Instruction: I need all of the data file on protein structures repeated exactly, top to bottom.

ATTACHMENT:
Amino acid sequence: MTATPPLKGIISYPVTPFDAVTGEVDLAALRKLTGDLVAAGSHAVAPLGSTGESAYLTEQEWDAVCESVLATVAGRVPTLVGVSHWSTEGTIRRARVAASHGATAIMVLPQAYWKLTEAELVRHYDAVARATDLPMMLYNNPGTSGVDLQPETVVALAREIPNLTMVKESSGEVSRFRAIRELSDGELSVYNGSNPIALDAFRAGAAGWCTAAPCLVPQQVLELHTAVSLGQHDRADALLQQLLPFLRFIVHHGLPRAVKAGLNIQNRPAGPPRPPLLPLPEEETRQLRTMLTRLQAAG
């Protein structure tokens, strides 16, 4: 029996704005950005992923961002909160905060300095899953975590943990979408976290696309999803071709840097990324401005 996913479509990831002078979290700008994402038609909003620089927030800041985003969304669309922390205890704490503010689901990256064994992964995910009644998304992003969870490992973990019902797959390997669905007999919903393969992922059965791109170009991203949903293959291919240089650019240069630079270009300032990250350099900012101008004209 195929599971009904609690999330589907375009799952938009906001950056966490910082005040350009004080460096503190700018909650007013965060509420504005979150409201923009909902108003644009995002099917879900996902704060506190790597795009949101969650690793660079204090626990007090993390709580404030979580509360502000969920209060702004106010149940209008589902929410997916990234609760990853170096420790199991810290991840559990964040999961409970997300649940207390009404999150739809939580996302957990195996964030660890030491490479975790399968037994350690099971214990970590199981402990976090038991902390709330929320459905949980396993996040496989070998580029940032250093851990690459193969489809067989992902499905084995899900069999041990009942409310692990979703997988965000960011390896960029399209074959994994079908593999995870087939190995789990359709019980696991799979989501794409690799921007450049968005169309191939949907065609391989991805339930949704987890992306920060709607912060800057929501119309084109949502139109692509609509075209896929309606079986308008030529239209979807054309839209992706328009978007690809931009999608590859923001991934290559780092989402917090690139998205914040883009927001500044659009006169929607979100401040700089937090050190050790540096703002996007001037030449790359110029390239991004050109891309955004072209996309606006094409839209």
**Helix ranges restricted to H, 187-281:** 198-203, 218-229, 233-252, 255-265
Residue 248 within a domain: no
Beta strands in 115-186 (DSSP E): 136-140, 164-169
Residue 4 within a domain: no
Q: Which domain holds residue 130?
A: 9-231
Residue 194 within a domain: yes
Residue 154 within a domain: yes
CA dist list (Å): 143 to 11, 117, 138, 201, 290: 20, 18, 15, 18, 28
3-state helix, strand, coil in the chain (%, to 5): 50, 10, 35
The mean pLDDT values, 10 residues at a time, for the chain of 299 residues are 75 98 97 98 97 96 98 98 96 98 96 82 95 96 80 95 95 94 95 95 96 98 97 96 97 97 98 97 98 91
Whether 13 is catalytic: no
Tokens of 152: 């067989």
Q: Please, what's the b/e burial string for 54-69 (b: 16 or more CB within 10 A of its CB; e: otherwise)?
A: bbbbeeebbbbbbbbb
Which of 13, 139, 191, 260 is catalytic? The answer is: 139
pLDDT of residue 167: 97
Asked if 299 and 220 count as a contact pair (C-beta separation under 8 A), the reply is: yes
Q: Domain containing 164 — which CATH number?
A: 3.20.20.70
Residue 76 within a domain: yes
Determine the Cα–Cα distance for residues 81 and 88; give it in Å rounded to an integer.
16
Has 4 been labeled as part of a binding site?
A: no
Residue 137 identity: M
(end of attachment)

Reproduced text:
Amino acid sequence: MTATPPLKGIISYPVTPFDAVTGEVDLAALRKLTGDLVAAGSHAVAPLGSTGESAYLTEQEWDAVCESVLATVAGRVPTLVGVSHWSTEGTIRRARVAASHGATAIMVLPQAYWKLTEAELVRHYDAVARATDLPMMLYNNPGTSGVDLQPETVVALAREIPNLTMVKESSGEVSRFRAIRELSDGELSVYNGSNPIALDAFRAGAAGWCTAAPCLVPQQVLELHTAVSLGQHDRADALLQQLLPFLRFIVHHGLPRAVKAGLNIQNRPAGPPRPPLLPLPEEETRQLRTMLTRLQAAG
């Protein structure tokens, strides 16, 4: 029996704005950005992923961002909160905060300095899953975590943990979408976290696309999803071709840097990324401005 996913479509990831002078979290700008994402038609909003620089927030800041985003969304669309922390205890704490503010689901990256064994992964995910009644998304992003969870490992973990019902797959390997669905007999919903393969992922059965791109170009991203949903293959291919240089650019240069630079270009300032990250350099900012101008004209 195929599971009904609690999330589907375009799952938009906001950056966490910082005040350009004080460096503190700018909650007013965060509420504005979150409201923009909902108003644009995002099917879900996902704060506190790597795009949101969650690793660079204090626990007090993390709580404030979580509360502000969920209060702004106010149940209008589902929410997916990234609760990853170096420790199991810290991840559990964040999961409970997300649940207390009404999150739809939580996302957990195996964030660890030491490479975790399968037994350690099971214990970590199981402990976090038991902390709330929320459905949980396993996040496989070998580029940032250093851990690459193969489809067989992902499905084995899900069999041990009942409310692990979703997988965000960011390896960029399209074959994994079908593999995870087939190995789990359709019980696991799979989501794409690799921007450049968005169309191939949907065609391989991805339930949704987890992306920060709607912060800057929501119309084109949502139109692509609509075209896929309606079986308008030529239209979807054309839209992706328009978007690809931009999608590859923001991934290559780092989402917090690139998205914040883009927001500044659009006169929607979100401040700089937090050190050790540096703002996007001037030449790359110029390239991004050109891309955004072209996309606006094409839209």
**Helix ranges restricted to H, 187-281:** 198-203, 218-229, 233-252, 255-265
Residue 248 within a domain: no
Beta strands in 115-186 (DSSP E): 136-140, 164-169
Residue 4 within a domain: no
Q: Which domain holds residue 130?
A: 9-231
Residue 194 within a domain: yes
Residue 154 within a domain: yes
CA dist list (Å): 143 to 11, 117, 138, 201, 290: 20, 18, 15, 18, 28
3-state helix, strand, coil in the chain (%, to 5): 50, 10, 35
The mean pLDDT values, 10 residues at a time, for the chain of 299 residues are 75 98 97 98 97 96 98 98 96 98 96 82 95 96 80 95 95 94 95 95 96 98 97 96 97 97 98 97 98 91
Whether 13 is catalytic: no
Tokens of 152: 């067989």
Q: Please, what's the b/e burial string for 54-69 (b: 16 or more CB within 10 A of its CB; e: otherwise)?
A: bbbbeeebbbbbbbbb
Which of 13, 139, 191, 260 is catalytic? The answer is: 139
pLDDT of residue 167: 97
Asked if 299 and 220 count as a contact pair (C-beta separation under 8 A), the reply is: yes
Q: Domain containing 164 — which CATH number?
A: 3.20.20.70
Residue 76 within a domain: yes
Determine the Cα–Cα distance for residues 81 and 88; give it in Å rounded to an integer.
16
Has 4 been labeled as part of a binding site?
A: no
Residue 137 identity: M